Help Me Sin: A Memoir
Yeseul K. Winehouse’s Help Me Sin is a modern day version of the movie Pretty Woman. A riveting memoir, it shows how a girl stumbles into the shady corridors of prostitution without much of a protest. An escort is not born into this life, she is beaten down and demoralized until this route becomes the only means to her independence. Raised by a father who ignores her and a mother who spits at her, Winehouse (aka Butterfly) develops into a young woman who has little faith in herself and her intelligence. While only in her late teens when she begins to sell herself for money, she does so after a promiscuous year, during which she sleeps with men in pursuit of love. She enters the escort business only to earn enough money to visit her boyfriend in Pakistan. Butterfly is eventually abandoned by him, and, rather than continue to have sex with men who use her, she resigns herself to a life where sex gives her something back: money and independence.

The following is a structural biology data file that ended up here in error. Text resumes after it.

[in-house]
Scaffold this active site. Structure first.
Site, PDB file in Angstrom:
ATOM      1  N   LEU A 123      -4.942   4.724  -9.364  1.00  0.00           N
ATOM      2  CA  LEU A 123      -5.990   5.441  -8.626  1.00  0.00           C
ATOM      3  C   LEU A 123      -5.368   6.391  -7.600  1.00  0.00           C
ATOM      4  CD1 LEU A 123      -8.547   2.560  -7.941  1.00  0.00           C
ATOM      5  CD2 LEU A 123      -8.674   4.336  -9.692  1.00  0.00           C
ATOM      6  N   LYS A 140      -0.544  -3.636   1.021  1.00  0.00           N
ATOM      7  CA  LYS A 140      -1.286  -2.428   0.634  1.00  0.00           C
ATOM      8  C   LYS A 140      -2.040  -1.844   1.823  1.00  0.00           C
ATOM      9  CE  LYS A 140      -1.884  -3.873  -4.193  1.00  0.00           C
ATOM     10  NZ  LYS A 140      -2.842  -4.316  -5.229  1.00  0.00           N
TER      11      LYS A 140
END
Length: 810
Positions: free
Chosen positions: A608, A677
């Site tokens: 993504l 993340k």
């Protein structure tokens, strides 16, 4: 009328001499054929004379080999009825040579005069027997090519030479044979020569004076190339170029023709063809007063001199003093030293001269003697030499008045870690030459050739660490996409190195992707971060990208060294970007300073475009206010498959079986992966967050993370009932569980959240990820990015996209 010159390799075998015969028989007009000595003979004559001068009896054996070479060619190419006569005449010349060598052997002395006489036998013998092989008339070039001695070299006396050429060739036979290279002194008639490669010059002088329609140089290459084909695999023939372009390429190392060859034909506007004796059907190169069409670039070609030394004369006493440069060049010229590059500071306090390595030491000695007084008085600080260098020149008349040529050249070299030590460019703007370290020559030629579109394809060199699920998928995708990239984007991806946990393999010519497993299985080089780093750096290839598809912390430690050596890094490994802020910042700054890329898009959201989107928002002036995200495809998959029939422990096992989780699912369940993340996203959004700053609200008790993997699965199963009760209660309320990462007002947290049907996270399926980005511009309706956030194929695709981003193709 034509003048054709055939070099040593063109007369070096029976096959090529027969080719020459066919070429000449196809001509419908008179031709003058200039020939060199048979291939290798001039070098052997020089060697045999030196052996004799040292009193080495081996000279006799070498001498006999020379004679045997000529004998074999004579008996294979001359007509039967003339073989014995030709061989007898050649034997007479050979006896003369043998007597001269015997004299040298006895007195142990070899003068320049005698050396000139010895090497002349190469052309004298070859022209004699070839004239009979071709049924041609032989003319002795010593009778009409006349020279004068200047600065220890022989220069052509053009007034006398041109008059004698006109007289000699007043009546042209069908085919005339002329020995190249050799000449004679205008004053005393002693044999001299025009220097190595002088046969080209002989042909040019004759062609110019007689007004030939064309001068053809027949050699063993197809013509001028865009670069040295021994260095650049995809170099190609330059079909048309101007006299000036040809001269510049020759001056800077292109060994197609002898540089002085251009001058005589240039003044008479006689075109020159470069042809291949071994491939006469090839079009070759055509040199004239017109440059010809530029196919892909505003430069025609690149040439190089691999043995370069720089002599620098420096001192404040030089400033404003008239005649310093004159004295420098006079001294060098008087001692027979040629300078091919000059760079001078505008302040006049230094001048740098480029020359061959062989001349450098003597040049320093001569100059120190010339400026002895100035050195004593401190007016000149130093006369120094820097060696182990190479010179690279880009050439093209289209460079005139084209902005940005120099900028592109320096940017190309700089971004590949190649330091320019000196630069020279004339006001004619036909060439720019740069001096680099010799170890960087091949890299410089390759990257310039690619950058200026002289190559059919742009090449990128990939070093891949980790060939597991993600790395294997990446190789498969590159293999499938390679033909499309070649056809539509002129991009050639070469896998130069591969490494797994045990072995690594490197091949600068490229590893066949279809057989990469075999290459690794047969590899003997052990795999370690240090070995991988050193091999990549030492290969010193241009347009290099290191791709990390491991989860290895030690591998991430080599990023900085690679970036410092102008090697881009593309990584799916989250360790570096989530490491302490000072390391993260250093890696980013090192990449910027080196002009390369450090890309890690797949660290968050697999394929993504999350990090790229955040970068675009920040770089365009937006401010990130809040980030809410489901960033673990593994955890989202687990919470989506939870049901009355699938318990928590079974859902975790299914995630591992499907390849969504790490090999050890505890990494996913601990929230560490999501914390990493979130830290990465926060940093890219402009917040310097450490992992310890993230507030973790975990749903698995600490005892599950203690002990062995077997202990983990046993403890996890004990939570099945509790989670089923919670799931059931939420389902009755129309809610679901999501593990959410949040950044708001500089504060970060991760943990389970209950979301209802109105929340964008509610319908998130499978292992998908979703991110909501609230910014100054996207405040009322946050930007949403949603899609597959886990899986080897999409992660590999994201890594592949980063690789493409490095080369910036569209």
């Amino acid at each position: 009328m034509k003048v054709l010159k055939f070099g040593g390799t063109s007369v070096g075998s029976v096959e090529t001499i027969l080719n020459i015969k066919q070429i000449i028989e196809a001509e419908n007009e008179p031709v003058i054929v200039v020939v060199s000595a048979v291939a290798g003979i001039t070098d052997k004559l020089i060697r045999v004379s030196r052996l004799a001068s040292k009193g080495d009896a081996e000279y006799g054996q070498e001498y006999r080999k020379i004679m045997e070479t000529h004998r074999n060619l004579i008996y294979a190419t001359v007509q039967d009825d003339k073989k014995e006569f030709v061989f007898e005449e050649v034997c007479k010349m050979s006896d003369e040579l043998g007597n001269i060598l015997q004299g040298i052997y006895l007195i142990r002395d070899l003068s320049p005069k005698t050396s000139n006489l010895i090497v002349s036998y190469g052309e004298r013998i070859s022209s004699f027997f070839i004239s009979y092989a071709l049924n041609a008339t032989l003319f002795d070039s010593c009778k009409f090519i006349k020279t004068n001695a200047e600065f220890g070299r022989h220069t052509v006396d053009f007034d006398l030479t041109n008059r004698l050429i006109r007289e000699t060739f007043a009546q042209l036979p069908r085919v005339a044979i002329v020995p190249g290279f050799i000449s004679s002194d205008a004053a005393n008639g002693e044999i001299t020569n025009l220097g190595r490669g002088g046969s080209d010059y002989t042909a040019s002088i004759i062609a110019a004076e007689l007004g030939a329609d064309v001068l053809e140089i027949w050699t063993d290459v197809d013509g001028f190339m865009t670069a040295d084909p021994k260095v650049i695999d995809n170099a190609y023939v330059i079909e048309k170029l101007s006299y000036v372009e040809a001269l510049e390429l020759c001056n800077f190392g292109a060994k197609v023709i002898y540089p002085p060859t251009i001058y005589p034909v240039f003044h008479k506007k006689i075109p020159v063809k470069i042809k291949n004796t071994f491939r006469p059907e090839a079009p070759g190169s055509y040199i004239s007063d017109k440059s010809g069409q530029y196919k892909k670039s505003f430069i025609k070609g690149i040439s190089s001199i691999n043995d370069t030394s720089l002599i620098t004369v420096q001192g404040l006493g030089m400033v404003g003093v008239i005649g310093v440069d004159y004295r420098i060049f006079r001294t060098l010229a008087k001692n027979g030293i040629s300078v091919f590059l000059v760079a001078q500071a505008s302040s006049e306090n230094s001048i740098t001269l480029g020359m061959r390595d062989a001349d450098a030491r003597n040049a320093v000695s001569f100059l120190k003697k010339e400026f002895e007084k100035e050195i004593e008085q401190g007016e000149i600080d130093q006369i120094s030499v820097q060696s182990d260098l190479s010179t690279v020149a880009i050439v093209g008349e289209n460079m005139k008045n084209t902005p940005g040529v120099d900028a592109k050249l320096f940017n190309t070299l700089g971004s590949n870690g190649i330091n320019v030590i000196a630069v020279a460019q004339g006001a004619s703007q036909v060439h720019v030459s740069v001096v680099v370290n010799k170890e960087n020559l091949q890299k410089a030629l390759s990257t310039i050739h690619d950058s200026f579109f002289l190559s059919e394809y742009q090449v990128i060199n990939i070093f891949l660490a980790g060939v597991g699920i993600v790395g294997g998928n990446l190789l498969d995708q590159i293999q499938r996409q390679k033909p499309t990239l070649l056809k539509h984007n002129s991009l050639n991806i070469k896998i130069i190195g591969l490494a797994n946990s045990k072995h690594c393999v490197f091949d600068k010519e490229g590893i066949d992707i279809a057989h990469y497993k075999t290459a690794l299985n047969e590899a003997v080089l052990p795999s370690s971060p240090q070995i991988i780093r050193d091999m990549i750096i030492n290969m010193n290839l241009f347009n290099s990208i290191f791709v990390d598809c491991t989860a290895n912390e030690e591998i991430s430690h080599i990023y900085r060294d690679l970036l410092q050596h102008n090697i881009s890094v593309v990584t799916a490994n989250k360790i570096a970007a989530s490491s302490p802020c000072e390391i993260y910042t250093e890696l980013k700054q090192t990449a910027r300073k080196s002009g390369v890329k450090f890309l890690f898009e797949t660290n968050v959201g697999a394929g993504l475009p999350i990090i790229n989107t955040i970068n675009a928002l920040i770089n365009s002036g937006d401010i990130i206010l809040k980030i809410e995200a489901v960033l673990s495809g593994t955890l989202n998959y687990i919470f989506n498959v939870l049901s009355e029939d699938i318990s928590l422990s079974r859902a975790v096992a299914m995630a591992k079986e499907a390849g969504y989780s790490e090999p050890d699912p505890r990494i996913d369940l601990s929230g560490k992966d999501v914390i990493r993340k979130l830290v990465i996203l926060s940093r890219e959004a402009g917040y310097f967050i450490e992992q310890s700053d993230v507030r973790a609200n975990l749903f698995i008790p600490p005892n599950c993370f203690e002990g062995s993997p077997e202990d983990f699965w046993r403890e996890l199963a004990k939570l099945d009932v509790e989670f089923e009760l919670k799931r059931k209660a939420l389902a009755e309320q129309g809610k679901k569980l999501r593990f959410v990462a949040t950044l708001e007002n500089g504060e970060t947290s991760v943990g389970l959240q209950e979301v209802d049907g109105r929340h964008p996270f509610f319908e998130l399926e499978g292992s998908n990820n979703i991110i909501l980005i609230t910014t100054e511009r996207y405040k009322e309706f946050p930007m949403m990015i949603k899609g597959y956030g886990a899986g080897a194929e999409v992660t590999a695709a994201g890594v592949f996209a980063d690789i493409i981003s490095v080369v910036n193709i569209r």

Unlike most escort tales that usually end with violence and despair, Butterfly’s story has a happy ending. She finds both love and marriage with one of her johns.
Although the writing in this memoir is not stellar or original, Help Me Sin is a relevant book that pinpoints how abused girls without self-esteem end up looking for love in all the wrong places. Butterfly is beautiful and smart, but because no one in her life gives her any credit or appreciation, she ends up finding value only in her looks and her gender, which forces her to turn to the wrong places and men for something she can only find in herself. This is a book worth reading for insight into the global ill that befalls our neglected daughters.
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Yeseul K. Winehouse